As you know ct are words that can no longer be used especially in international scientific documents and studies. At the top of the list of tabooed words all terms that have to do with female difference understood as the exclusive possibility of giving birth to human beingsand therefore: 'woman' -if biologically understood and not open to define persons not born women-, 'mother' e "maternal', "breasts', with reference to breastfeeding and so on.
The operation on language has the objective of qualifying the female-maternal experience as voluntarily 'excluding' (instead of, as is the case, objectively exclusive) and therefore to stigmatise it when it is not open to include people who claim to belong to the male gender.
Motherhood is the epicentre of a neo-patriarchal language revolution -and the ensuing political operations- aimed at keeping it on the fringes as an 'abject (Julia Kristeva) who cannot claim to found civilisations.
An illuminating example is the recent study published by Jama -Journal of the American Medical Association, among the most important journals in the medical field-. Title: 'Pregnancy outcomes in a US cohort of transgender people'. The 'transgender people' in question are biological women who identify themselves as men who give birth (but no man can gestate and give birth, if you do not have a female body you cannot do it).
"Transgender, non-binary and gender diverse (trans) people," it is written, "have worse health outcomes than cisgender people. Trans people can and do get pregnant, but information is as limited as aidati on pregnancy outcomes. Barriers to accessing prenatal care, minority stress and stigma, and previous or ongoing use of testosterone can place trans people at high risk of perinatal complications'. It is quite intuitive that Stuffing oneself with male hormones can create considerable problems for both the mother - who obviously claims to be called a father - and the unborn child.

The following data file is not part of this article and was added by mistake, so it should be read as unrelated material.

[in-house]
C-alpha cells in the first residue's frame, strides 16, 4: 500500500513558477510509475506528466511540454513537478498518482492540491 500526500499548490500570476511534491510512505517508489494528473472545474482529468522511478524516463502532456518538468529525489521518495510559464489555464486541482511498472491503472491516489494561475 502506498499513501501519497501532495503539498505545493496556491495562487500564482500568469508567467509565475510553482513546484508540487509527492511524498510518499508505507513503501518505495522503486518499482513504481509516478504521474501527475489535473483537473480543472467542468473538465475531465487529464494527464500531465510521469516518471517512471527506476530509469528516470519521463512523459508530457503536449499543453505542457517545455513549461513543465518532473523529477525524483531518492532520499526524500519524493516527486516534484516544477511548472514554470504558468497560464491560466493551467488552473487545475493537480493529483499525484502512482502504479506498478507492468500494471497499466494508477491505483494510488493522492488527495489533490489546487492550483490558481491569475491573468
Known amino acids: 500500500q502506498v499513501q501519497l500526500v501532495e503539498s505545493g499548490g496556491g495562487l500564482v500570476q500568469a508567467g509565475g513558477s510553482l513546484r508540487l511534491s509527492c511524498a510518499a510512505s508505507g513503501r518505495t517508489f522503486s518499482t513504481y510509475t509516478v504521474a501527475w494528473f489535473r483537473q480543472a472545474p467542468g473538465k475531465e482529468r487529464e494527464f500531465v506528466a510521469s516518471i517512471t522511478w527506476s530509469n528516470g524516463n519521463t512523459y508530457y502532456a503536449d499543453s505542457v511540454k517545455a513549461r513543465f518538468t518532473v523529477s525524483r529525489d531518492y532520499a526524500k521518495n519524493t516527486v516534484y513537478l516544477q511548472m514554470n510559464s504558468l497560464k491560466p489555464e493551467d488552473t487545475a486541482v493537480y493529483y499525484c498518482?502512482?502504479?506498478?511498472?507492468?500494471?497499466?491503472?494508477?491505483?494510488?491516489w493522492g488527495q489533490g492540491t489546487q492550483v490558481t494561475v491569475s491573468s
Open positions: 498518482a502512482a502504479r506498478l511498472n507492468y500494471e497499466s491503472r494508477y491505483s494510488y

These subjects are referred to by the study as "male patients at the time of delivery": as if there was a possibility of being brought into the world through a male sex.
The study notes a fewer caesarean sections among trans people giving birth (they are generally younger than the women who identify themselves as women and whom the study names as cis). The "severe parental morbidity (also known as severe maternal morbidity)' or the severe parental morbidity (also known as severe maternal morbidity): there is a clear intention not to use the word mother and to putting the few experiences of dysphoric women and the overwhelming majority of mothers on an equal footing serenely accommodated in their being women. So language, which belongs to all, has to conform to the needs of a small minority: against the minority stress of a few, we all get stressed and deleted.
A distinction is made between 'birthing' and 'non-birthing trans people'. omitting the fact that theand 'birthing' can only give birth because their sexual body is female.
The results of the study are not particularly relevant. Instead, the extraordinary commitment on the language front, a real struggle with material reality with the aim of minimising it, making it 'abject' and residual in the face of hallucinatory self-perception that must prevail. Above all, it notes that conducting the ideological operation is not a queer magazine but one of the most important, if not the most important magazine in the field, committed to offering scientific grounding to the sensational fola of men who can give birth.